The first snow of the season in central-southern Italy is occurring these days, with snow also in unusual places.
However, December has not seen any relevant episode, except before Christmas, when some snow fell in the Po valley (especially in Emilia Romagna).
I have extracted data from the main cities in Italy and plotted the results in order to have a general overview of the maximum and minimum temperatures observed in December and compared with the long-term average 1971-2000 (there is no data for Aosta in N.W. Italy).
Regarding the average maximum and minimum temperatures observed during the last month (Figure1), we can see how the highest temperatures are observed in the south (mainly Sicily and Sardegna) with average temperatures between 14-16 °C. Instead, in the north, except for Liguria, the maximum values were below 10 °C on average.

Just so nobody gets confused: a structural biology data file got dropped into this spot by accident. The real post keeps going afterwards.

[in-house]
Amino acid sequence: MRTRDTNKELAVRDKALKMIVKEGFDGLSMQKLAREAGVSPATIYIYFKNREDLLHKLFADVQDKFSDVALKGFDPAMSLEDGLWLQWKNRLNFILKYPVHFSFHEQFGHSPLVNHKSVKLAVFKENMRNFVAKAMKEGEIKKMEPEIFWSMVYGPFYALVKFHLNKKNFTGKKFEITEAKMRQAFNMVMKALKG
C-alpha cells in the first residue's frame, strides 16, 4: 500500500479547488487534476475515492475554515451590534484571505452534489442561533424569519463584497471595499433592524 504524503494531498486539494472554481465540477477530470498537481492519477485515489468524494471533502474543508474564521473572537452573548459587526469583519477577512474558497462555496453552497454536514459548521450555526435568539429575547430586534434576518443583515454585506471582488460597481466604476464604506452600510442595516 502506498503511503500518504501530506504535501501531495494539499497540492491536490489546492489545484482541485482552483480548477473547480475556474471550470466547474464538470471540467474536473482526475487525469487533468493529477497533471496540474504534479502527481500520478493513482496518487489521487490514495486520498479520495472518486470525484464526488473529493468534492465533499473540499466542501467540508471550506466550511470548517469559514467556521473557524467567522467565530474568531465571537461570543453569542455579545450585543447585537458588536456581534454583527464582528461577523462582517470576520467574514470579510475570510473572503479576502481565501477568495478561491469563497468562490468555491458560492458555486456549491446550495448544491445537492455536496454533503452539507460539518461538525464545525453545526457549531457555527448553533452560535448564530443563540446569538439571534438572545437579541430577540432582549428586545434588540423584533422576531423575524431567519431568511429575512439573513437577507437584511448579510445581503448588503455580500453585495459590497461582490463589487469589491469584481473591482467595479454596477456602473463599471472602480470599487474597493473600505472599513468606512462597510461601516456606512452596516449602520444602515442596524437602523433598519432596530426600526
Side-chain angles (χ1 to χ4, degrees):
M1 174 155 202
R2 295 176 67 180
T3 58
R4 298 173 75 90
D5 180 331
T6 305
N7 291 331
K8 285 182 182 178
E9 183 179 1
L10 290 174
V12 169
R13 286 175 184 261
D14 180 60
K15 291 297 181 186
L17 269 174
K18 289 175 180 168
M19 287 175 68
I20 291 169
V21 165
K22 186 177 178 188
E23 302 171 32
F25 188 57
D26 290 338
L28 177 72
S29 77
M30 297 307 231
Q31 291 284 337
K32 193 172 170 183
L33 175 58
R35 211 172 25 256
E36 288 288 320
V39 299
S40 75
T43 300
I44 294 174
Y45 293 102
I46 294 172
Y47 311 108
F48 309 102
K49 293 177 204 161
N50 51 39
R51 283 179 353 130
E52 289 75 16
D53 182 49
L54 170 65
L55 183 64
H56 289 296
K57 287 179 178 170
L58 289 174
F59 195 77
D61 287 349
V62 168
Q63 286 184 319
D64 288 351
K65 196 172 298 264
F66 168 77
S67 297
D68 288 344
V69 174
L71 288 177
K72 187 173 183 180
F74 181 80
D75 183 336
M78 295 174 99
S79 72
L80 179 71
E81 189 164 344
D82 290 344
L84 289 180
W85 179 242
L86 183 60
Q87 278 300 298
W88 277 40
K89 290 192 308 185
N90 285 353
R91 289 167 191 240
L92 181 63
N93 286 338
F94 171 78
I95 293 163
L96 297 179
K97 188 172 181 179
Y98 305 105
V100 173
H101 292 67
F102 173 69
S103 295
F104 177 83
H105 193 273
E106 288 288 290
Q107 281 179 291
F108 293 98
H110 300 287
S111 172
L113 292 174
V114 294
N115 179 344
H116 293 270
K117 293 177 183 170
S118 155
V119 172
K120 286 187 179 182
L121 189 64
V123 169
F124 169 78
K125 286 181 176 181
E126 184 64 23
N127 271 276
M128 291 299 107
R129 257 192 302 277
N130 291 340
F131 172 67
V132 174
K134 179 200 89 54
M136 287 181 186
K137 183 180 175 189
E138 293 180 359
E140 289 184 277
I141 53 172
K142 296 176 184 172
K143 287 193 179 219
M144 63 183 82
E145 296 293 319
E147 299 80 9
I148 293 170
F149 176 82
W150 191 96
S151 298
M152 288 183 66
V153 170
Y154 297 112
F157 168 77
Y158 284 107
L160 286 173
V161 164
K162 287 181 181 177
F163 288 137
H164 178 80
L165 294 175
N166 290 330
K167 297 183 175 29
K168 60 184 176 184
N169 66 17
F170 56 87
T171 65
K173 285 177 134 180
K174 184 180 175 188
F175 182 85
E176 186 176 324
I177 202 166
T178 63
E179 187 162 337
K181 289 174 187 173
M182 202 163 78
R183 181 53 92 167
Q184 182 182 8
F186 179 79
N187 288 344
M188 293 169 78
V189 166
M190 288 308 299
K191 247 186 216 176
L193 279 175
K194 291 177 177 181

Regarding the average minimum temperatures, only in few cities (regions) the values are below 0°C, with Bolzano the coldest one.
Considering now the comparison of the observed temperatures with the climatological average (1971-2000), we can see how southern Italy (mainly the regions along the Adriatic coast) have observed negative anomalies in both the minimum and maximum values (Figure2). Instead, in N.W. Italy the most significant positive anomalies are observed especially in the maximum values (more than +2 °C in Lombardia), instead in N.E. Italy the anomaly is less (between +0.5/ +1 °C).
The positive anomalies in N.W. Italy are mainly due to the frequent episodes of fohn, caused by a strong flow of northerly winds towards the Alpine region, which have caused sunny and dry conditions in the southern part of the Alps and mild temperatures (the last episode occurred few days ago). Instead, in southern Italy more rainfall and overcast conditions (as well as the easterly winds) have contribute to the (little) negative anomalies.